Asterix the Legionary – Book 10

Asterix the Legionary is the tenth Asterix book in the Asterix comic book series by Rene Goscinny and Albert Uderzo. It was first published as a serial in Pilote magazine, issues 368–389, in 1966.

Asterix and Obelix are setting off for a wild boar hunt when they encounter Panacea, a former childhood resident of the village who has since moved to Condatum, and Obelix immediately falls in love with her. Some hours later, Panacea receives word that her fiancé Tragicomix has been conscripted into the Roman army and shipped to North Africa; and Obelix, although heartbroken, promises to bring him back.

Asterix and Obelix travel to Condatum, where they learn that Tragicomix has already left for Massilia, the Mediterranean port from which the soldiers depart, and themselves enlist in the army to follow him, alongside Hemispheric the Goth; Selectivemploymentax the Briton; Gastronomix the Belgian; Neveratalos the Greek; and Ptenisnet, an Egyptian tourist who spends the entire book believing himself to be in a holiday camp.

After completing basic training (and repeatedly and comically driving their instructors to the verge of tears), the newly formed unit sets off as reinforcements to Caesar against Scipio, Afranius, and King Juba I of Numidia. Asterix and Obelix soon find out that Tragicomix has gone missing in action after a skirmish, and raid Scipio’s camp to recover him. This results in the Battle of Thapsus, in which the confusion over the Gauls’ unorthodox assault and the similarity of both armies’ uniforms cause a default victory for Caesar after the frustrated Scipio sounds the retreat. The Gauls are cornered by Caesar after the battle is over; but released and sent home for their assistance in his victory. Asterix and Obelix thereafter celebrate at home, while Panacea and Tragicomix return to Condatum to marry.

Next Book in the series: Asterix and the Chieftain’s Shield

Saint Veronica Giuliani – July 10

Saint Veronica Giuliani – July 10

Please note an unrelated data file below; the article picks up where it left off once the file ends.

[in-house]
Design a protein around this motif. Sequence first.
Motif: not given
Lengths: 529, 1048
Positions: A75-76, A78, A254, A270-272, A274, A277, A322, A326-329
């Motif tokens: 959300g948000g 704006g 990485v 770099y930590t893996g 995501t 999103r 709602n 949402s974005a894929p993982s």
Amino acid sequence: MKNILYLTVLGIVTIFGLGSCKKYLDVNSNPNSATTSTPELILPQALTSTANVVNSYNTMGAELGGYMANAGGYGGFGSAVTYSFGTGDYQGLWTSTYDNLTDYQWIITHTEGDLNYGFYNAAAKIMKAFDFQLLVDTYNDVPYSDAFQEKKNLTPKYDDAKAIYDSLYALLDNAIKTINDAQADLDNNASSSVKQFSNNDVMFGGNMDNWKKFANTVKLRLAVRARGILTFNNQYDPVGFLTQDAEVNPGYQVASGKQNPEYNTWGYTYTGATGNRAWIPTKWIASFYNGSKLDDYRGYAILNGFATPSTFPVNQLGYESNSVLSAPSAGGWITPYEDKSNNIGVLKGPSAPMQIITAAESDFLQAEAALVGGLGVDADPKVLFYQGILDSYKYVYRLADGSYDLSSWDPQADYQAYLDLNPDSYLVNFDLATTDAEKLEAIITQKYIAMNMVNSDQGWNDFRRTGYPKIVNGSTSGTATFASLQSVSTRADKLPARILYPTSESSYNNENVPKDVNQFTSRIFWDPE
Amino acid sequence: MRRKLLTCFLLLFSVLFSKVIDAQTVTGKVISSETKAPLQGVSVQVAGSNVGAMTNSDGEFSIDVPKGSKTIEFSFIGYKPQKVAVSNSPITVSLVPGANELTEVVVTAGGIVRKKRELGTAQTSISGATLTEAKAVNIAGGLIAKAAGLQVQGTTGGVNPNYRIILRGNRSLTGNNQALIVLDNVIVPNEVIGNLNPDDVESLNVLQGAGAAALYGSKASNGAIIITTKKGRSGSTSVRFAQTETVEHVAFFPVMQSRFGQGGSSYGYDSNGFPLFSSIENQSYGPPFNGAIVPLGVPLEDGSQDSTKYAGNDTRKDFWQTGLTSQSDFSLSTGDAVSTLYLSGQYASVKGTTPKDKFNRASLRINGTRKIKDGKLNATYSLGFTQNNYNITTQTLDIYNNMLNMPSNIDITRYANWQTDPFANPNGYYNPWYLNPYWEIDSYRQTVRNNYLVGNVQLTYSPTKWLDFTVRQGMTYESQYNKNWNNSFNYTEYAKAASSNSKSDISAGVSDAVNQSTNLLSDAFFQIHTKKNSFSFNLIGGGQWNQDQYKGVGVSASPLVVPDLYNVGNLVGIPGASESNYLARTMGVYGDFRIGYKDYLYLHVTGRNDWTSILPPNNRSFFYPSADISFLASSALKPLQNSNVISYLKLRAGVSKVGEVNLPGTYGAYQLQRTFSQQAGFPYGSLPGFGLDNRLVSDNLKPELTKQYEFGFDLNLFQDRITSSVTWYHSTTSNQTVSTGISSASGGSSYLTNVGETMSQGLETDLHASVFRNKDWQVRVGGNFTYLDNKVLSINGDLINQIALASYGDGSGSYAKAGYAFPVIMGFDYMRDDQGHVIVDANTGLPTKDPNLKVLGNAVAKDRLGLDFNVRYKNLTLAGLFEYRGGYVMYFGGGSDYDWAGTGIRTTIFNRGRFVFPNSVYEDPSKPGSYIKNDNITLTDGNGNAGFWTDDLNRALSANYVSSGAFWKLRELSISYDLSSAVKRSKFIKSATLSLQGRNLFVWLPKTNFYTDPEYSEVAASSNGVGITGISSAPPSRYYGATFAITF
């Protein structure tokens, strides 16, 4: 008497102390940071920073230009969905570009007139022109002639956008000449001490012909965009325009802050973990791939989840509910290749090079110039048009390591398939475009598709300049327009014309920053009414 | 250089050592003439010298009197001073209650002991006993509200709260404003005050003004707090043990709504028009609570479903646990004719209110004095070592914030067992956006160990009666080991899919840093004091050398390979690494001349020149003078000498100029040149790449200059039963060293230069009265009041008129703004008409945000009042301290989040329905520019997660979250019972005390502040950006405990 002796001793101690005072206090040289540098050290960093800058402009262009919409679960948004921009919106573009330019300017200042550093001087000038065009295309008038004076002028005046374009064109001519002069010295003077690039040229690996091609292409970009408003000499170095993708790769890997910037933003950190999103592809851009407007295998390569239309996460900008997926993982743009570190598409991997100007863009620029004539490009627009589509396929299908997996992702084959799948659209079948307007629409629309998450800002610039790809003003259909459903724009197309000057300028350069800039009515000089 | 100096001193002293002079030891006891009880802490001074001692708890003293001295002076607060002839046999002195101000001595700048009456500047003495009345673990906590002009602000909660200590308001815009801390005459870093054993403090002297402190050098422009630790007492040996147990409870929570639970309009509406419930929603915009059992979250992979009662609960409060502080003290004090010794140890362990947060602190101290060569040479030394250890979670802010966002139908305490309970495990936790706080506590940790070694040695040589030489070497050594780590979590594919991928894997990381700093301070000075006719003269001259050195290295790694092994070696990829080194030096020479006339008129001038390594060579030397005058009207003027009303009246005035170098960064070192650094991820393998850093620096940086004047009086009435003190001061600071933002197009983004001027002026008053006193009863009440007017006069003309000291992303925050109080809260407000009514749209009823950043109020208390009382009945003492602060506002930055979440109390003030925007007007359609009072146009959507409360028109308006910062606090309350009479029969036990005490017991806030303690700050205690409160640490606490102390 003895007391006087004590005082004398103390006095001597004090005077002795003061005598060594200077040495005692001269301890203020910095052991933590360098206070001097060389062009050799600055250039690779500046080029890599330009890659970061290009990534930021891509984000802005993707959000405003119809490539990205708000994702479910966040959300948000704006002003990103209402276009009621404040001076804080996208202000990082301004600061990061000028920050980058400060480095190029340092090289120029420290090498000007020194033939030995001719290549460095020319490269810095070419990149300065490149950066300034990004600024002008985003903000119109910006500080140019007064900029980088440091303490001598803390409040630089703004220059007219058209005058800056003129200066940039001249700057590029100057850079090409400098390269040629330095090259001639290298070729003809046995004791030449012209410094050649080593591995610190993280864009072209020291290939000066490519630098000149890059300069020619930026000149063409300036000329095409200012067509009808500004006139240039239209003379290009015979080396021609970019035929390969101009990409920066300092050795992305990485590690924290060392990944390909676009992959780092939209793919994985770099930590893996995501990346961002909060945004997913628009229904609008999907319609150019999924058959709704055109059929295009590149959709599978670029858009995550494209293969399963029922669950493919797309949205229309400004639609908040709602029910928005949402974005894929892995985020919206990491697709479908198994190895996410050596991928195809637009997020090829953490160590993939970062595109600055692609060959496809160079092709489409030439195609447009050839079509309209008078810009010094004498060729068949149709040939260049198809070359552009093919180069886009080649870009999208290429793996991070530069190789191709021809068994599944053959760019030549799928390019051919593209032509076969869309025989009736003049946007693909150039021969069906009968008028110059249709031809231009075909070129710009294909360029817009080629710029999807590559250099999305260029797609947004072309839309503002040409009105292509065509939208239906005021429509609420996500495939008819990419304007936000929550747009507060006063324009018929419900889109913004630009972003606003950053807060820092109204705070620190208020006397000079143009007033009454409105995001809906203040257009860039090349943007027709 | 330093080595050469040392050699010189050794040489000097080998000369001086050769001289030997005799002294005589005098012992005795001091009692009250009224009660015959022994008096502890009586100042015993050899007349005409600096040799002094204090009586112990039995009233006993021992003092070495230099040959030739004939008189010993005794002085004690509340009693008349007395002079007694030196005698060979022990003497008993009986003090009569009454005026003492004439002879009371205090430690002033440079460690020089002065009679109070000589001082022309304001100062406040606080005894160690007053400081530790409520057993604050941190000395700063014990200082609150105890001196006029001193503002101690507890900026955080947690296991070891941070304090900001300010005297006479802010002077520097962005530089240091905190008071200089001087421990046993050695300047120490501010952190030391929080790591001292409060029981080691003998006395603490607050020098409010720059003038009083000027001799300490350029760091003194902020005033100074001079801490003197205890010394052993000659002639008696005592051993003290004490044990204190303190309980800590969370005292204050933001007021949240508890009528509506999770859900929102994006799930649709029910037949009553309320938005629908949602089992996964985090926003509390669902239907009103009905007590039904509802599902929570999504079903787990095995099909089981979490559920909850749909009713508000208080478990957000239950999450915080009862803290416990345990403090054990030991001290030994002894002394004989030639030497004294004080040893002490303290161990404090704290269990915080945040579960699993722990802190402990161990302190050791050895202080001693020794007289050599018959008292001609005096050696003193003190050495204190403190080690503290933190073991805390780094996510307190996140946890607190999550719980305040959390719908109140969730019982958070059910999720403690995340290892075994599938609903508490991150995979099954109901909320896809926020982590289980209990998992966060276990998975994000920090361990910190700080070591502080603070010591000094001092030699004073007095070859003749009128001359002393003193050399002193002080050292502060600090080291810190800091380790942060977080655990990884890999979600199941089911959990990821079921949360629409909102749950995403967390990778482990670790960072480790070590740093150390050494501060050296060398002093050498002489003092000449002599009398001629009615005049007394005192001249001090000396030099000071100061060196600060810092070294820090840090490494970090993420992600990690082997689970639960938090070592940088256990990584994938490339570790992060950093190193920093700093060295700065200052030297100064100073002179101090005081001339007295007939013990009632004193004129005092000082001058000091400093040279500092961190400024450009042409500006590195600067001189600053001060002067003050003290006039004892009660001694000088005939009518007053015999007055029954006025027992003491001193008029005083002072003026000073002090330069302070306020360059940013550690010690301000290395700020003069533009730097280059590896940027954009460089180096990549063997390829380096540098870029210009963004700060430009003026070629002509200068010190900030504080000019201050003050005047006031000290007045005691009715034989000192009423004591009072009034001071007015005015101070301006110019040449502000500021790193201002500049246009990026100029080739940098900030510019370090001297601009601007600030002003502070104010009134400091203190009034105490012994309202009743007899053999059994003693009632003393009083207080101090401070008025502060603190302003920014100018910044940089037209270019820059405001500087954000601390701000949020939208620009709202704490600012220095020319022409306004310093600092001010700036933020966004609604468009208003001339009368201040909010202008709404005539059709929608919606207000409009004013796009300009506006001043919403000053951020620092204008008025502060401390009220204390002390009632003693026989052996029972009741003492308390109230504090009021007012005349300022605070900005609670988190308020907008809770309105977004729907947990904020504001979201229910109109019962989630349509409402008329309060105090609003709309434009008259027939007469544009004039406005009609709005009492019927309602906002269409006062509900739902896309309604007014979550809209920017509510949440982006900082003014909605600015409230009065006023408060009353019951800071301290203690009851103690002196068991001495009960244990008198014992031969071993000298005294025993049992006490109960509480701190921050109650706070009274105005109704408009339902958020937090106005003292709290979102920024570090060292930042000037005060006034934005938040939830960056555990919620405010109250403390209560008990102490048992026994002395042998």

Veronica’s desire to be like Christ crucified was answered with the stigmata.

Veronica was born in Mercatelli, Italy. It is said that when her mother Benedetta was dying she called her five daughters to her bedside and entrusted each of them to one of the five wounds of Jesus. Veronica was entrusted to the wound below Christ’s heart.

At the age of 17, Veronica joined the Poor Clares directed by the Capuchins. Her father had wanted her to marry, but she convinced him to allow her to become a nun. In her first years in the monastery, she worked in the kitchen, infirmary, sacristy, and also served as portress. At the age of 34, she was made novice mistress, a position she held for 22 years. When she was 37, Veronica received the stigmata. Life was not the same after that.

Church authorities in Rome wanted to test Veronica’s authenticity and so conducted an investigation. She lost the office of novice mistress temporarily and was not allowed to attend Mass except on Sundays or holy days. Through all of this Veronica did not become bitter, and the investigation eventually restored her as novice mistress.

Though she protested against it, at the age of 56 she was elected abbess, an office she held for 11 years until her death. Veronica was very devoted to the Eucharist and to the Sacred Heart. She offered her sufferings for the missions, died in 1727, and was canonized in 1839.


Reflection

…for it is not you who speak, but the Spirit of your Father speaking through you. Matthew 10:20

In those moments when I’m trying to say the “right thing,” I call to mind, this gospel verse. However, all of us at one time or another have had people tell us, “What you said yesterday helped me so much, thanks.” I never recall having said anything all that helpful. Naturally, we may feel unworthy of being messengers of God’s comfort or wisdom in a time of crisis. But we trust that the word of God comes to each of us, when we open our hearts to hear the Spirit and put our doubts aside to boldly step forward in faith.